The Medicare program specifies what coverage needs to be provided for an insurance policy to be defined as a Medicare supplement. This includes mandated coverage of deductibles, coinsurance obligations, and/or extended benefits. There are a number of categories of approved Medicare supplementary benefits that an insurer needs to provide in order to qualify as being called a Medicare supplement. Those that meet these requirements can positively answer the question, “Does Medicare and my supplemental insurance work together?”
Most, if not all, officially recognized Medicare supplemental policies are digitally connected to Medicare’s local agencies that process claims. Once Medicare adjudicates a claim, the local agent will transmit that information directly to the supplemental insurer for further processing. The patient is not normally involved in these transactions. Claims are processed and paid without any intervention. If you ask, “Does Medicare and my supplemental insurance work together?” the answer is yes because both parties have a contractual obligation to do so.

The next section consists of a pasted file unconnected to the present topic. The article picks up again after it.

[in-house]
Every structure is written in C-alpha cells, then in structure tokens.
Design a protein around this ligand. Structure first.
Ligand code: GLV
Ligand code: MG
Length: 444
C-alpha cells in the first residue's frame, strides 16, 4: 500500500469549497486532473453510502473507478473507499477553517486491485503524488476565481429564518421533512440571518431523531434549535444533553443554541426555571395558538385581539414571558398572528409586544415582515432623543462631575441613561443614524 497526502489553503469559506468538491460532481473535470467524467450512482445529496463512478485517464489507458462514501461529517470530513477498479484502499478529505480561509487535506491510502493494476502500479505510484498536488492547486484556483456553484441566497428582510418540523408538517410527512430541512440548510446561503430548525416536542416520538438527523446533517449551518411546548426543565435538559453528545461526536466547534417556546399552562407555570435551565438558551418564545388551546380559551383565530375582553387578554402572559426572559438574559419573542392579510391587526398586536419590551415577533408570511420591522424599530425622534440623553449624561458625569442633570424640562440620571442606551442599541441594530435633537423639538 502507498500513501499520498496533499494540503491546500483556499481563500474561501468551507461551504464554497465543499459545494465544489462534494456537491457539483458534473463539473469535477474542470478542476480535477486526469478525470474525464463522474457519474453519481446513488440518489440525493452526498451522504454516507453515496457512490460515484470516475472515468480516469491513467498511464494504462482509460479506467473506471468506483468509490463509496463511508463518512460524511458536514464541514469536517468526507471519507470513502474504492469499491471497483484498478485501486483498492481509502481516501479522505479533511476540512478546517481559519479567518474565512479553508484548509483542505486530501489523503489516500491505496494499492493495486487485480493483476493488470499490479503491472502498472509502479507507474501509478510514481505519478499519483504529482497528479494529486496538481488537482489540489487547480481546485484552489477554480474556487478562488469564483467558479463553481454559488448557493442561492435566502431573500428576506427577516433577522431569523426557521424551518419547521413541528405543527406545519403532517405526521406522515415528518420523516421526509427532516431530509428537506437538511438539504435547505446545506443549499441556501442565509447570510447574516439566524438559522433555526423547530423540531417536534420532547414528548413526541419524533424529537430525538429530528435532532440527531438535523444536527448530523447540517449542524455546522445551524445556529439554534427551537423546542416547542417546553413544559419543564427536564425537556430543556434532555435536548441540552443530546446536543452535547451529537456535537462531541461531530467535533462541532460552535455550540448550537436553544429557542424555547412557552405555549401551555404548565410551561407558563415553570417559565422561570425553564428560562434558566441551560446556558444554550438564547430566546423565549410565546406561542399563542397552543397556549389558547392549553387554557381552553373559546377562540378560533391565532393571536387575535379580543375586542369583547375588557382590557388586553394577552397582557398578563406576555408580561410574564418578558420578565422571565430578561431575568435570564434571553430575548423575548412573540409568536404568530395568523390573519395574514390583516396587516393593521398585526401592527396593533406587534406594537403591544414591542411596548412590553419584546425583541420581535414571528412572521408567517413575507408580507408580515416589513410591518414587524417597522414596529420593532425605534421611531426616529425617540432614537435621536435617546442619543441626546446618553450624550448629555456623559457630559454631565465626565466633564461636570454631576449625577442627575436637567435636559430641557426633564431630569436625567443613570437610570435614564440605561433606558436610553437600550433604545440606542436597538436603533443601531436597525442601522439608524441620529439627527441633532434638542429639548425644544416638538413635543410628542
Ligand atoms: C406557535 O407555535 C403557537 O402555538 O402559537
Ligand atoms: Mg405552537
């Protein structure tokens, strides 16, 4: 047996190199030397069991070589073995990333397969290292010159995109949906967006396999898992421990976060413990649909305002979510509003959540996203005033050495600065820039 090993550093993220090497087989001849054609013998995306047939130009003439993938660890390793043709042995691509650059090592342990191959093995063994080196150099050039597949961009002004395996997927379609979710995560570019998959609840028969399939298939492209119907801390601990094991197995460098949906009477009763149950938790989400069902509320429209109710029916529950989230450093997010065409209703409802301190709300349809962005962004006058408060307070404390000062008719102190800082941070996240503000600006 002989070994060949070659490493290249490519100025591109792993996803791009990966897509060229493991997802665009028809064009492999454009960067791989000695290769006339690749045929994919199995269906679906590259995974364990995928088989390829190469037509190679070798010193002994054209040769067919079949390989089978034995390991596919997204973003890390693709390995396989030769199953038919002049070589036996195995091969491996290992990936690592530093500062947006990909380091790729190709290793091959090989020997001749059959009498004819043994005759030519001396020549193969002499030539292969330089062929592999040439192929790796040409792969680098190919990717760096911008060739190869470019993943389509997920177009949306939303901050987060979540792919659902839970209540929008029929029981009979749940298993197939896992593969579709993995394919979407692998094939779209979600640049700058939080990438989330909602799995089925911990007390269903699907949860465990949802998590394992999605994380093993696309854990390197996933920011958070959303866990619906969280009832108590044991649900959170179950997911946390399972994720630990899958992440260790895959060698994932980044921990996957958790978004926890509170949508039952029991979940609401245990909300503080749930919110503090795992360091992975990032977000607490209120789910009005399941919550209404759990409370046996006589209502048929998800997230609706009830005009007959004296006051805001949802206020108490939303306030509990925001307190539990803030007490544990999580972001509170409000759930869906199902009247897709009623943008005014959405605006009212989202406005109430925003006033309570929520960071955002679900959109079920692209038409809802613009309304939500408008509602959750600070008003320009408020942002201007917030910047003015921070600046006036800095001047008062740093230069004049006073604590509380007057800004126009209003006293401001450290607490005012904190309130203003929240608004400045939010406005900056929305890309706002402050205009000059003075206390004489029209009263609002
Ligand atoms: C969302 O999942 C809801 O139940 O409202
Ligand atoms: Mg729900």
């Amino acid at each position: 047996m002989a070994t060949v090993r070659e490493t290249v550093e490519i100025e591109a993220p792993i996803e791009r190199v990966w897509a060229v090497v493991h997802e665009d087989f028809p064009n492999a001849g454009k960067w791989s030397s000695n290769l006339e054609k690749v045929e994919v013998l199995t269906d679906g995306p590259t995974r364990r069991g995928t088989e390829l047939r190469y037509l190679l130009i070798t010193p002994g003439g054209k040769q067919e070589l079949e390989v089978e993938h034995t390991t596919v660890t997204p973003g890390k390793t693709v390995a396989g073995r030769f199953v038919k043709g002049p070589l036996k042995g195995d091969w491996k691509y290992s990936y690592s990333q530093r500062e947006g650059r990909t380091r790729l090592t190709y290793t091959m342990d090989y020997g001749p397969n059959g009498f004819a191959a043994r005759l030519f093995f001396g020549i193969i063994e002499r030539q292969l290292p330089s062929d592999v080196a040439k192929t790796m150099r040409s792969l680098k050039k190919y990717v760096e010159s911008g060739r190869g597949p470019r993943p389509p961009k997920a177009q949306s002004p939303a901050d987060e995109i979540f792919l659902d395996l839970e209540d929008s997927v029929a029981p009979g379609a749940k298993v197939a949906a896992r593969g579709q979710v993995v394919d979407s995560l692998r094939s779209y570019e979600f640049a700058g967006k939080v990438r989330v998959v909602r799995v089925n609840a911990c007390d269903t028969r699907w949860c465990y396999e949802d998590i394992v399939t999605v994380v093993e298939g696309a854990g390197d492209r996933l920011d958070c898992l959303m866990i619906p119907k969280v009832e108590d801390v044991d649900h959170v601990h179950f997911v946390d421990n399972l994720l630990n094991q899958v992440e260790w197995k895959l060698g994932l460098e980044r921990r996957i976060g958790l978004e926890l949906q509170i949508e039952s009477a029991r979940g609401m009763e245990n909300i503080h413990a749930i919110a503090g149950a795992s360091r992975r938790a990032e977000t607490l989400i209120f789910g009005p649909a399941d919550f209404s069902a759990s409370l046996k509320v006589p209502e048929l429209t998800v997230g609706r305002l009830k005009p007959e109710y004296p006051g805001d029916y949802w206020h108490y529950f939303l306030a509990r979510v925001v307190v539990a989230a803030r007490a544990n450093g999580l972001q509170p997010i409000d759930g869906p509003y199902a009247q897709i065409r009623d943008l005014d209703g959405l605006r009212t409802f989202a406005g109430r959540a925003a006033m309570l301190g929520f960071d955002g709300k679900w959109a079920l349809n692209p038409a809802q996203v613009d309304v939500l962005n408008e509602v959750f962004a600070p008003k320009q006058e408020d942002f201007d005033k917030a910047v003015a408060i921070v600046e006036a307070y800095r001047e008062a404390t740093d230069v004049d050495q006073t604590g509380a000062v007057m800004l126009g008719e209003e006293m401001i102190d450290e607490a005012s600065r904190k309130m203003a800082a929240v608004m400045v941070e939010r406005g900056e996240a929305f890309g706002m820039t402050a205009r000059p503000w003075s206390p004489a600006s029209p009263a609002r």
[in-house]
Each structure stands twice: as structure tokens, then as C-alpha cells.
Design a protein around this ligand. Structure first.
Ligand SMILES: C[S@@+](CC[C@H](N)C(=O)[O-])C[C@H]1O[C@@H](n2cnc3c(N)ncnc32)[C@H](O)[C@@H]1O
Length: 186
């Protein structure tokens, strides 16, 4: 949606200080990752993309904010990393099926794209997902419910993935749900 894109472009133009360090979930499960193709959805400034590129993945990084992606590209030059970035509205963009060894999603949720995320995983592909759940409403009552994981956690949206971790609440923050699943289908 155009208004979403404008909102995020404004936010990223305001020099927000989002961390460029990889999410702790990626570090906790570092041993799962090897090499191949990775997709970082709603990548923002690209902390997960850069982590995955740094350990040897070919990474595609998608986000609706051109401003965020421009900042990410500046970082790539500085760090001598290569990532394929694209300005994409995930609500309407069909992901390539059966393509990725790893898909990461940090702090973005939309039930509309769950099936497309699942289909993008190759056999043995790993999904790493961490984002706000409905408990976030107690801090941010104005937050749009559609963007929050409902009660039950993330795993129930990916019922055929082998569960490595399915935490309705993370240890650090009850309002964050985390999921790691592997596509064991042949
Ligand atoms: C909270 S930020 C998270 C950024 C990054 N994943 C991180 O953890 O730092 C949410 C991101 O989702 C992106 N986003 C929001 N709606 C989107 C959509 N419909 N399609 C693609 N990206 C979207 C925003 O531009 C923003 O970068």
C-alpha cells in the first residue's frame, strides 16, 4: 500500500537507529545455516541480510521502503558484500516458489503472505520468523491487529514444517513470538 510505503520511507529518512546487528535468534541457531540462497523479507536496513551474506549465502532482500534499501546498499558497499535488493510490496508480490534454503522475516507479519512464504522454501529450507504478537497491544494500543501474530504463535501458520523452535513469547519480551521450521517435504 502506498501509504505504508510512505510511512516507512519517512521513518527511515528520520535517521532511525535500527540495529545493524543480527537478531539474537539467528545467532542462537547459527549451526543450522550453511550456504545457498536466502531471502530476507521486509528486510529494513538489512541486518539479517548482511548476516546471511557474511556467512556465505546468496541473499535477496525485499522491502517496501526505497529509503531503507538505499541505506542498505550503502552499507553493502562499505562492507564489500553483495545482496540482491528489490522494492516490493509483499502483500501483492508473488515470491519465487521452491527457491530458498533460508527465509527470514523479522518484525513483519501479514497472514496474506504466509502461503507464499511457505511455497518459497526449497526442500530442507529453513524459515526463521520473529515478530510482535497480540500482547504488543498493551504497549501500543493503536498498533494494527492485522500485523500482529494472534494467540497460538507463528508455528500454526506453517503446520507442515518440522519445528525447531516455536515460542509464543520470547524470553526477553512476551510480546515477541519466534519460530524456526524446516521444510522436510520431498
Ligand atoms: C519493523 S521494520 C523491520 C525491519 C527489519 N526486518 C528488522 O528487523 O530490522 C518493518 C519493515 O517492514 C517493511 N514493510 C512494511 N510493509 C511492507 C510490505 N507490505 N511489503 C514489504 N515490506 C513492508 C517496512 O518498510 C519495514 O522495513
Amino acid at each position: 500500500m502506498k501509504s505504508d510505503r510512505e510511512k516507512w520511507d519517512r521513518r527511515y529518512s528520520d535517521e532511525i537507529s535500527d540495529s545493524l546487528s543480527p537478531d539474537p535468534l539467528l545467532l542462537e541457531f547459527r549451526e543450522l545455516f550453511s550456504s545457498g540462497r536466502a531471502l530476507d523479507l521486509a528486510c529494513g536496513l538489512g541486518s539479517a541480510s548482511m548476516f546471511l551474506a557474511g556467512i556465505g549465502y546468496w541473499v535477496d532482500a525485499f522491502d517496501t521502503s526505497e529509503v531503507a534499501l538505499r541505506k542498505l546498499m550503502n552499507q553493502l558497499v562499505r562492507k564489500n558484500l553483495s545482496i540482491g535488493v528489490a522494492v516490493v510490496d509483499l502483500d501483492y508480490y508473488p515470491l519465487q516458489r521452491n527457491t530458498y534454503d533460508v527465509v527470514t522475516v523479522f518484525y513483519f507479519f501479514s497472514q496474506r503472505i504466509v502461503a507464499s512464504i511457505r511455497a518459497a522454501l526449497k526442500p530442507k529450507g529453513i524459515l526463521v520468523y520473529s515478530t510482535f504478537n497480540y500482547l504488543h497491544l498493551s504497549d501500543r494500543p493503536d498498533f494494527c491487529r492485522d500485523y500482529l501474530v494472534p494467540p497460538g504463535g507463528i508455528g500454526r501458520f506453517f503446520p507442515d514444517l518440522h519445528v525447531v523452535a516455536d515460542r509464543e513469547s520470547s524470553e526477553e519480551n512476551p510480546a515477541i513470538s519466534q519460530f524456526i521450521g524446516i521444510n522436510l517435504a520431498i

Patients who rely on policies retained after retirement, spouses’ insurance, or unofficial Medicare supplements do not get claim information automatically transmitted from Medicare when claims are processed. In these cases the answer to the question, “Does Medicare and my supplemental insurance work together?” is no. These policies are not technically Medicare supplement policies and they are not recognized by Medicare. No cooperative agreement exists between the two. Medicare patients covered by a regular insurer and Medicare should ensure that their claims are being submitted appropriately. If the policy was purchased to cover Medicare coinsurance and deductibles, patients may have to submit claims themselves for reimbursement if their physician does not offer this service.